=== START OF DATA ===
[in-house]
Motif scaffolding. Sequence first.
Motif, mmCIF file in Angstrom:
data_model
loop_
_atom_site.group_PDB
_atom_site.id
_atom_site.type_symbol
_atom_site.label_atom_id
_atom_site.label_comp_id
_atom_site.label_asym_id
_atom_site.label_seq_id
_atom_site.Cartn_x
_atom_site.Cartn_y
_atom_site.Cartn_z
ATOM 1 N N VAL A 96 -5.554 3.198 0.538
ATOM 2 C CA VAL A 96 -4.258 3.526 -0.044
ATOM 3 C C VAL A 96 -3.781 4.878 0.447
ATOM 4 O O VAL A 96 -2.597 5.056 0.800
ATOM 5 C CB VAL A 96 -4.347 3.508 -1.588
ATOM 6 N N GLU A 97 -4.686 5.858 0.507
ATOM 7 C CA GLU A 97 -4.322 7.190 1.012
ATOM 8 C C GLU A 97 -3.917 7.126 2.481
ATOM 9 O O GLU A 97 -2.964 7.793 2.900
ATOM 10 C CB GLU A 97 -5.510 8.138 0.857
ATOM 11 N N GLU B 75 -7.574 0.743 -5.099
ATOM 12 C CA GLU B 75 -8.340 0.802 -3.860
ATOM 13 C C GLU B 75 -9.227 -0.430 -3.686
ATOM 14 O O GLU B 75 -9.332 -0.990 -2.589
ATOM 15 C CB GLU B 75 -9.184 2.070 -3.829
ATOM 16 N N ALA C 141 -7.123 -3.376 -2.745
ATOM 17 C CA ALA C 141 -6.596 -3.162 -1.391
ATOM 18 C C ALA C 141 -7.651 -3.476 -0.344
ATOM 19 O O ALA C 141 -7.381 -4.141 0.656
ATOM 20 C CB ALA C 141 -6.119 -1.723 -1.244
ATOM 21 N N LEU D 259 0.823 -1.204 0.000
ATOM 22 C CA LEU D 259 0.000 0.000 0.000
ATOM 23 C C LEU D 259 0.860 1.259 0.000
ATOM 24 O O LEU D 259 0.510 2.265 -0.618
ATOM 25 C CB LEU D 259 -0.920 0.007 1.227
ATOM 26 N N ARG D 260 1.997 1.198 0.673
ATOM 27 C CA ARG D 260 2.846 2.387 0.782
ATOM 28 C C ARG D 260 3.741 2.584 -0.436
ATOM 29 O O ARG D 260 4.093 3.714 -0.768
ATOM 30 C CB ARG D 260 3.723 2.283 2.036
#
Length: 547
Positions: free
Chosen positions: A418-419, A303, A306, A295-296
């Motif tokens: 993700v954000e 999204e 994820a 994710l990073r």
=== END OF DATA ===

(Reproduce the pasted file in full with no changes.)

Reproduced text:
[in-house]
Motif scaffolding. Sequence first.
Motif, mmCIF file in Angstrom:
data_model
loop_
_atom_site.group_PDB
_atom_site.id
_atom_site.type_symbol
_atom_site.label_atom_id
_atom_site.label_comp_id
_atom_site.label_asym_id
_atom_site.label_seq_id
_atom_site.Cartn_x
_atom_site.Cartn_y
_atom_site.Cartn_z
ATOM 1 N N VAL A 96 -5.554 3.198 0.538
ATOM 2 C CA VAL A 96 -4.258 3.526 -0.044
ATOM 3 C C VAL A 96 -3.781 4.878 0.447
ATOM 4 O O VAL A 96 -2.597 5.056 0.800
ATOM 5 C CB VAL A 96 -4.347 3.508 -1.588
ATOM 6 N N GLU A 97 -4.686 5.858 0.507
ATOM 7 C CA GLU A 97 -4.322 7.190 1.012
ATOM 8 C C GLU A 97 -3.917 7.126 2.481
ATOM 9 O O GLU A 97 -2.964 7.793 2.900
ATOM 10 C CB GLU A 97 -5.510 8.138 0.857
ATOM 11 N N GLU B 75 -7.574 0.743 -5.099
ATOM 12 C CA GLU B 75 -8.340 0.802 -3.860
ATOM 13 C C GLU B 75 -9.227 -0.430 -3.686
ATOM 14 O O GLU B 75 -9.332 -0.990 -2.589
ATOM 15 C CB GLU B 75 -9.184 2.070 -3.829
ATOM 16 N N ALA C 141 -7.123 -3.376 -2.745
ATOM 17 C CA ALA C 141 -6.596 -3.162 -1.391
ATOM 18 C C ALA C 141 -7.651 -3.476 -0.344
ATOM 19 O O ALA C 141 -7.381 -4.141 0.656
ATOM 20 C CB ALA C 141 -6.119 -1.723 -1.244
ATOM 21 N N LEU D 259 0.823 -1.204 0.000
ATOM 22 C CA LEU D 259 0.000 0.000 0.000
ATOM 23 C C LEU D 259 0.860 1.259 0.000
ATOM 24 O O LEU D 259 0.510 2.265 -0.618
ATOM 25 C CB LEU D 259 -0.920 0.007 1.227
ATOM 26 N N ARG D 260 1.997 1.198 0.673
ATOM 27 C CA ARG D 260 2.846 2.387 0.782
ATOM 28 C C ARG D 260 3.741 2.584 -0.436
ATOM 29 O O ARG D 260 4.093 3.714 -0.768
ATOM 30 C CB ARG D 260 3.723 2.283 2.036
#
Length: 547
Positions: free
Chosen positions: A418-419, A303, A306, A295-296
């Motif tokens: 993700v954000e 999204e 994820a 994710l990073r």